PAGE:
Bio-art has become established both within academic institutions and within its own dedicated ones. After experimental beginnings in the early 1990s,8 the early 2000s saw artists gain increasing access to residencies within biomedical laboratories, establishment of funding streams dedicated to this kind of production such as the Arts Awards at the Wellcome Trust, and dedicated exhibitions and biennales, such as the Hybrid Art section at Ars Electronica in Linz.9 The establishment of SymbioticA at the University of Western Australia in 2000, a dedicated bio-art laboratory which also offers postgraduate research degrees, was another notable development. Bio-art, we can safely say, exists within a strongly interlinked, international institutional network. Interestingly, this network may have more interactions with the field of science and technology than it does with mainstream contemporary art. Museums such as Tate Modern, MoMA or the Centre Georges Pompidou have paid bio-art relatively little attention.10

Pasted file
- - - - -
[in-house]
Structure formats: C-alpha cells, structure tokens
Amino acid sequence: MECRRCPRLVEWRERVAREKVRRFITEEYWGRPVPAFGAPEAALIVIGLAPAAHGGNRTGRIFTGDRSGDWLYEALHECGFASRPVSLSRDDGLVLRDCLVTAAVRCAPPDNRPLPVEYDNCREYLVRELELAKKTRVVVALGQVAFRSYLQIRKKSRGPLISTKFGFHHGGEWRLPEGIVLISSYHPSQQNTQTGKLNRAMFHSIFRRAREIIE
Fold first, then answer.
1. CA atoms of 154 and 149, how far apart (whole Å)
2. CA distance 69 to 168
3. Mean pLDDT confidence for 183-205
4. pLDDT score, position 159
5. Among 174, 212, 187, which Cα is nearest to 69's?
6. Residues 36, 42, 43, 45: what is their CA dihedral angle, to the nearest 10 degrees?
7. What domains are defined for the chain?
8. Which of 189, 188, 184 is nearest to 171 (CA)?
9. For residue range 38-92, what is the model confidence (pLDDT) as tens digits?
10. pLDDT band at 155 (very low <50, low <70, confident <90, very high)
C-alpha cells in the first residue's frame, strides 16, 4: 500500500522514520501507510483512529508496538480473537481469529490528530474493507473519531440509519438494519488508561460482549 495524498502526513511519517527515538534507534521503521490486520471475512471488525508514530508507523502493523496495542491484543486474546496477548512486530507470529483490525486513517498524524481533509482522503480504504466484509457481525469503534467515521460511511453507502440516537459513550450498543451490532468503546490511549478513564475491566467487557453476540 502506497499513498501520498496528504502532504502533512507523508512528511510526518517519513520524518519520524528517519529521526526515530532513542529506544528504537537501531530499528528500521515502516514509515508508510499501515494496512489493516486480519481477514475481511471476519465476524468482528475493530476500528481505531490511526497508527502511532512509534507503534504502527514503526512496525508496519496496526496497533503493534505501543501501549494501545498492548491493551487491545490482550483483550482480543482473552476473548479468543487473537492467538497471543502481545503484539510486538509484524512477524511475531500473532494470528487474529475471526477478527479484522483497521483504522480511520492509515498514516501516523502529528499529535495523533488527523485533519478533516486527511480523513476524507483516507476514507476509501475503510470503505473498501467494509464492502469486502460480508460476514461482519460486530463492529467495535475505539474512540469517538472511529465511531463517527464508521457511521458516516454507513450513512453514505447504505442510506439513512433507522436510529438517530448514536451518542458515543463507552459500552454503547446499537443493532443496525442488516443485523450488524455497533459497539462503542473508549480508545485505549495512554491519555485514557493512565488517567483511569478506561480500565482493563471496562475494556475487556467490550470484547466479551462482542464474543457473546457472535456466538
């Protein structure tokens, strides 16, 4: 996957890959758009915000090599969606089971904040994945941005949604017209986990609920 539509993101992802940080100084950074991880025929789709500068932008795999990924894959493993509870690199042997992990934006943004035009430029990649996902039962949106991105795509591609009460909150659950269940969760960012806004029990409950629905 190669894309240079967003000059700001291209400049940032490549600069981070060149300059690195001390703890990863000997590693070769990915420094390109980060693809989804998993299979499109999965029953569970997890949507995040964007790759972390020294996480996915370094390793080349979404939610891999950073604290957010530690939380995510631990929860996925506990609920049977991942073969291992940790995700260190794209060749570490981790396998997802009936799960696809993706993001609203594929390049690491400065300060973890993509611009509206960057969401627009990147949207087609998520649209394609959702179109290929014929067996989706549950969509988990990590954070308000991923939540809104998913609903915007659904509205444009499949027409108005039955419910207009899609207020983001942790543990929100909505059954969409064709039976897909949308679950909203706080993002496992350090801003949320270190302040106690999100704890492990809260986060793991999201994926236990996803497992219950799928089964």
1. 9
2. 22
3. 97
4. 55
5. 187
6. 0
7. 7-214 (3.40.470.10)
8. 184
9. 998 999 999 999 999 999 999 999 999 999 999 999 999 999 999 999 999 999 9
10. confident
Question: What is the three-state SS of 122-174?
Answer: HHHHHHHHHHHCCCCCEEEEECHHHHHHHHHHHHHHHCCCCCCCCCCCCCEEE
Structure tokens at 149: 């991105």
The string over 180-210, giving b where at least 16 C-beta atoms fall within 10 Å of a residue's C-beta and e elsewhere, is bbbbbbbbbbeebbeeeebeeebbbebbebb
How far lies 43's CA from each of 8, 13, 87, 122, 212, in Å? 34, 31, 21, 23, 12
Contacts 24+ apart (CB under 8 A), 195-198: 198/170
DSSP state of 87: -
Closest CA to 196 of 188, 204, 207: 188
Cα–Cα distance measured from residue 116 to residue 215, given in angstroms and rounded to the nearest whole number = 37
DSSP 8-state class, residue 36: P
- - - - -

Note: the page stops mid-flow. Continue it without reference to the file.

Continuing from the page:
Despite its increasing institutionalization, it would be problematic to designate bio-art as its own field of research under the methodological designation. While bio-artists might critique each other’s work, they do not require it to be amended or disqualified in order to conform to some research protocol. Certainly, a degree of standardized mutual policing may exist in bio-art, and is exerted through such administrative procedures as grant applications.11 However, whilst such procedures may share some features of peer review (such as being partially anonymized), they ostensibly follow a different set of criteria: in the case of the Wellcome Trust arts awards, what is assessed is potential for outreach rather than, say, engaging the right kind of scholarly literature.12 Likewise, whilst some bio-artists also hold science PhDs (Natalie Jeremijenko, who has a PhD in computer science is one example), and others have published reports on bio-art in science journals,13 none of this should lead us to conclude that methodological uniformity exists within bio-art itself.